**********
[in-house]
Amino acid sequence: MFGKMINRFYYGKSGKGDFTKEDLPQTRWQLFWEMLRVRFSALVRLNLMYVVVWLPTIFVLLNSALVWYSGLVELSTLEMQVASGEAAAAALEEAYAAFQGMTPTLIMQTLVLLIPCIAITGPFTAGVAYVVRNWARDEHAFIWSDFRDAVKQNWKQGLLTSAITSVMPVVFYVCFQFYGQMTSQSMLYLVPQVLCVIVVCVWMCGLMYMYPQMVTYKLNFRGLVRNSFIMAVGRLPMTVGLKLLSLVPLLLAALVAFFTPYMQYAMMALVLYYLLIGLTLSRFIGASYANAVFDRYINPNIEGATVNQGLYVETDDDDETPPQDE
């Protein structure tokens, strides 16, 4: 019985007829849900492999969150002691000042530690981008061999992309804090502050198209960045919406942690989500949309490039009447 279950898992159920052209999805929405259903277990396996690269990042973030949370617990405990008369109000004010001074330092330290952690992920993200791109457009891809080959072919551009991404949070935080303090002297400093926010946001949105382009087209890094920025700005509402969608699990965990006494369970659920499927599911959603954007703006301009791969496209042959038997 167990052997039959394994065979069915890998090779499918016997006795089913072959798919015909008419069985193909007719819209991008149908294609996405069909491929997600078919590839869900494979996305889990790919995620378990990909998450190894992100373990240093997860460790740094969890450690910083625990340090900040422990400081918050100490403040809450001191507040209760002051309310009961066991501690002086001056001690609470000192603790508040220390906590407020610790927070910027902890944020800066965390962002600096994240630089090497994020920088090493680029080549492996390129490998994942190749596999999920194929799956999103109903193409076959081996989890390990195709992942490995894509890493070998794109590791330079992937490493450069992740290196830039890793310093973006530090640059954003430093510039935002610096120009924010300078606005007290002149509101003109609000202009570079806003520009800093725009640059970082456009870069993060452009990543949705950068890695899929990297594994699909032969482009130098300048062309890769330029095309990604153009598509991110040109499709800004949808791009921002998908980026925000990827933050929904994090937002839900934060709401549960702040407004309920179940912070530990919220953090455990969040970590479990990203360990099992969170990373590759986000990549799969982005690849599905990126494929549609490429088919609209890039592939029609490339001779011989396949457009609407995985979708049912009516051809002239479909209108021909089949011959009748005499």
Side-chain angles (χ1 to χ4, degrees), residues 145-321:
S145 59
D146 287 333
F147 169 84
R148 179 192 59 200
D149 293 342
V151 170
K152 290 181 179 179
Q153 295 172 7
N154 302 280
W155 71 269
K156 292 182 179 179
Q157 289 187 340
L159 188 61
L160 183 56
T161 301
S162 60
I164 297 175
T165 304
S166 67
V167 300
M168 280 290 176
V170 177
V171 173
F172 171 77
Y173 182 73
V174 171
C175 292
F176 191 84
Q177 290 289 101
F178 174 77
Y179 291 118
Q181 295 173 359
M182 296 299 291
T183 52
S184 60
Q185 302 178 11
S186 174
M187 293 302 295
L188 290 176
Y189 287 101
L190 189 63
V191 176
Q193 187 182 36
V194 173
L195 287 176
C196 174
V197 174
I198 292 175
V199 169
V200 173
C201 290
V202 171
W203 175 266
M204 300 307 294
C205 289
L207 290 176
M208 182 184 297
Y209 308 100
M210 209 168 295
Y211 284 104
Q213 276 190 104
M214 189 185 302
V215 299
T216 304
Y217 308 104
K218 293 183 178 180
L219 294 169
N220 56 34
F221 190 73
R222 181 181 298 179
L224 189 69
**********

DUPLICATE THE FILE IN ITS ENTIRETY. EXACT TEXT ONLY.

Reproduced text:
[in-house]
Amino acid sequence: MFGKMINRFYYGKSGKGDFTKEDLPQTRWQLFWEMLRVRFSALVRLNLMYVVVWLPTIFVLLNSALVWYSGLVELSTLEMQVASGEAAAAALEEAYAAFQGMTPTLIMQTLVLLIPCIAITGPFTAGVAYVVRNWARDEHAFIWSDFRDAVKQNWKQGLLTSAITSVMPVVFYVCFQFYGQMTSQSMLYLVPQVLCVIVVCVWMCGLMYMYPQMVTYKLNFRGLVRNSFIMAVGRLPMTVGLKLLSLVPLLLAALVAFFTPYMQYAMMALVLYYLLIGLTLSRFIGASYANAVFDRYINPNIEGATVNQGLYVETDDDDETPPQDE
């Protein structure tokens, strides 16, 4: 019985007829849900492999969150002691000042530690981008061999992309804090502050198209960045919406942690989500949309490039009447 279950898992159920052209999805929405259903277990396996690269990042973030949370617990405990008369109000004010001074330092330290952690992920993200791109457009891809080959072919551009991404949070935080303090002297400093926010946001949105382009087209890094920025700005509402969608699990965990006494369970659920499927599911959603954007703006301009791969496209042959038997 167990052997039959394994065979069915890998090779499918016997006795089913072959798919015909008419069985193909007719819209991008149908294609996405069909491929997600078919590839869900494979996305889990790919995620378990990909998450190894992100373990240093997860460790740094969890450690910083625990340090900040422990400081918050100490403040809450001191507040209760002051309310009961066991501690002086001056001690609470000192603790508040220390906590407020610790927070910027902890944020800066965390962002600096994240630089090497994020920088090493680029080549492996390129490998994942190749596999999920194929799956999103109903193409076959081996989890390990195709992942490995894509890493070998794109590791330079992937490493450069992740290196830039890793310093973006530090640059954003430093510039935002610096120009924010300078606005007290002149509101003109609000202009570079806003520009800093725009640059970082456009870069993060452009990543949705950068890695899929990297594994699909032969482009130098300048062309890769330029095309990604153009598509991110040109499709800004949808791009921002998908980026925000990827933050929904994090937002839900934060709401549960702040407004309920179940912070530990919220953090455990969040970590479990990203360990099992969170990373590759986000990549799969982005690849599905990126494929549609490429088919609209890039592939029609490339001779011989396949457009609407995985979708049912009516051809002239479909209108021909089949011959009748005499």
Side-chain angles (χ1 to χ4, degrees), residues 145-321:
S145 59
D146 287 333
F147 169 84
R148 179 192 59 200
D149 293 342
V151 170
K152 290 181 179 179
Q153 295 172 7
N154 302 280
W155 71 269
K156 292 182 179 179
Q157 289 187 340
L159 188 61
L160 183 56
T161 301
S162 60
I164 297 175
T165 304
S166 67
V167 300
M168 280 290 176
V170 177
V171 173
F172 171 77
Y173 182 73
V174 171
C175 292
F176 191 84
Q177 290 289 101
F178 174 77
Y179 291 118
Q181 295 173 359
M182 296 299 291
T183 52
S184 60
Q185 302 178 11
S186 174
M187 293 302 295
L188 290 176
Y189 287 101
L190 189 63
V191 176
Q193 187 182 36
V194 173
L195 287 176
C196 174
V197 174
I198 292 175
V199 169
V200 173
C201 290
V202 171
W203 175 266
M204 300 307 294
C205 289
L207 290 176
M208 182 184 297
Y209 308 100
M210 209 168 295
Y211 284 104
Q213 276 190 104
M214 189 185 302
V215 299
T216 304
Y217 308 104
K218 293 183 178 180
L219 294 169
N220 56 34
F221 190 73
R222 181 181 298 179
L224 189 69